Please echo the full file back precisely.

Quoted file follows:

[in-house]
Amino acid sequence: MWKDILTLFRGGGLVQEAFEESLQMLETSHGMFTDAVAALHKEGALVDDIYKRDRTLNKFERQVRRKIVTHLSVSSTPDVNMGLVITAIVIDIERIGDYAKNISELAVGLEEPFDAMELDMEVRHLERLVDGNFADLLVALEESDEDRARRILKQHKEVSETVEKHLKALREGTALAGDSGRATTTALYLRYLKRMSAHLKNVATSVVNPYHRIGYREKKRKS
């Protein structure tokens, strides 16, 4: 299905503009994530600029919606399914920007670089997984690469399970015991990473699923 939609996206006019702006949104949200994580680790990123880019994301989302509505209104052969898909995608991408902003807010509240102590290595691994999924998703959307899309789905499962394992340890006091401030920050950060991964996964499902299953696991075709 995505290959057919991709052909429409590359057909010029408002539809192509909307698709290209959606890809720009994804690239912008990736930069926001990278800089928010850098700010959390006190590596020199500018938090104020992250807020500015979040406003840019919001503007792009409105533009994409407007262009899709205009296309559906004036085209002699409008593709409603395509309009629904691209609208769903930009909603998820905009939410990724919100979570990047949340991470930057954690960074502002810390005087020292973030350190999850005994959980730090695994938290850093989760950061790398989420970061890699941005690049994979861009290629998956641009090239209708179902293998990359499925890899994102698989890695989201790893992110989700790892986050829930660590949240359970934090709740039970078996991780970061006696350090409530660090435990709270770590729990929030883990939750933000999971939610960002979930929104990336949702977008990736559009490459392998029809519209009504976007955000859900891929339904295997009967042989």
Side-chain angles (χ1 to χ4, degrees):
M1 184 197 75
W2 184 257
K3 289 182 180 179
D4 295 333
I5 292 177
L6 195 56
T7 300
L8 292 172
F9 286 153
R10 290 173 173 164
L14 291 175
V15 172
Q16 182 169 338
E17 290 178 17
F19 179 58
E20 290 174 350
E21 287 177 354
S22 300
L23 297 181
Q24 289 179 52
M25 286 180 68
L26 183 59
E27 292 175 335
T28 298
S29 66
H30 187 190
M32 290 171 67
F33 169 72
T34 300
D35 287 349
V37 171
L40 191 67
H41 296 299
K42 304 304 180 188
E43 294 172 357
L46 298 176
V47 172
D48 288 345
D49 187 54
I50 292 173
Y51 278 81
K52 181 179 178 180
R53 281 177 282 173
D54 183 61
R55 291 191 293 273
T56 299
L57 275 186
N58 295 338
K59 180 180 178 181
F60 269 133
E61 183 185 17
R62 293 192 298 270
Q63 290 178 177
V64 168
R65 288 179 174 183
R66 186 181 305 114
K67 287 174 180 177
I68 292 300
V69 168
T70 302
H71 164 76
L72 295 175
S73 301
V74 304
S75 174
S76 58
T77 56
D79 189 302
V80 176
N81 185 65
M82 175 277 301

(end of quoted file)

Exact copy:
[in-house]
Amino acid sequence: MWKDILTLFRGGGLVQEAFEESLQMLETSHGMFTDAVAALHKEGALVDDIYKRDRTLNKFERQVRRKIVTHLSVSSTPDVNMGLVITAIVIDIERIGDYAKNISELAVGLEEPFDAMELDMEVRHLERLVDGNFADLLVALEESDEDRARRILKQHKEVSETVEKHLKALREGTALAGDSGRATTTALYLRYLKRMSAHLKNVATSVVNPYHRIGYREKKRKS
């Protein structure tokens, strides 16, 4: 299905503009994530600029919606399914920007670089997984690469399970015991990473699923 939609996206006019702006949104949200994580680790990123880019994301989302509505209104052969898909995608991408902003807010509240102590290595691994999924998703959307899309789905499962394992340890006091401030920050950060991964996964499902299953696991075709 995505290959057919991709052909429409590359057909010029408002539809192509909307698709290209959606890809720009994804690239912008990736930069926001990278800089928010850098700010959390006190590596020199500018938090104020992250807020500015979040406003840019919001503007792009409105533009994409407007262009899709205009296309559906004036085209002699409008593709409603395509309009629904691209609208769903930009909603998820905009939410990724919100979570990047949340991470930057954690960074502002810390005087020292973030350190999850005994959980730090695994938290850093989760950061790398989420970061890699941005690049994979861009290629998956641009090239209708179902293998990359499925890899994102698989890695989201790893992110989700790892986050829930660590949240359970934090709740039970078996991780970061006696350090409530660090435990709270770590729990929030883990939750933000999971939610960002979930929104990336949702977008990736559009490459392998029809519209009504976007955000859900891929339904295997009967042989």
Side-chain angles (χ1 to χ4, degrees):
M1 184 197 75
W2 184 257
K3 289 182 180 179
D4 295 333
I5 292 177
L6 195 56
T7 300
L8 292 172
F9 286 153
R10 290 173 173 164
L14 291 175
V15 172
Q16 182 169 338
E17 290 178 17
F19 179 58
E20 290 174 350
E21 287 177 354
S22 300
L23 297 181
Q24 289 179 52
M25 286 180 68
L26 183 59
E27 292 175 335
T28 298
S29 66
H30 187 190
M32 290 171 67
F33 169 72
T34 300
D35 287 349
V37 171
L40 191 67
H41 296 299
K42 304 304 180 188
E43 294 172 357
L46 298 176
V47 172
D48 288 345
D49 187 54
I50 292 173
Y51 278 81
K52 181 179 178 180
R53 281 177 282 173
D54 183 61
R55 291 191 293 273
T56 299
L57 275 186
N58 295 338
K59 180 180 178 181
F60 269 133
E61 183 185 17
R62 293 192 298 270
Q63 290 178 177
V64 168
R65 288 179 174 183
R66 186 181 305 114
K67 287 174 180 177
I68 292 300
V69 168
T70 302
H71 164 76
L72 295 175
S73 301
V74 304
S75 174
S76 58
T77 56
D79 189 302
V80 176
N81 185 65
M82 175 277 301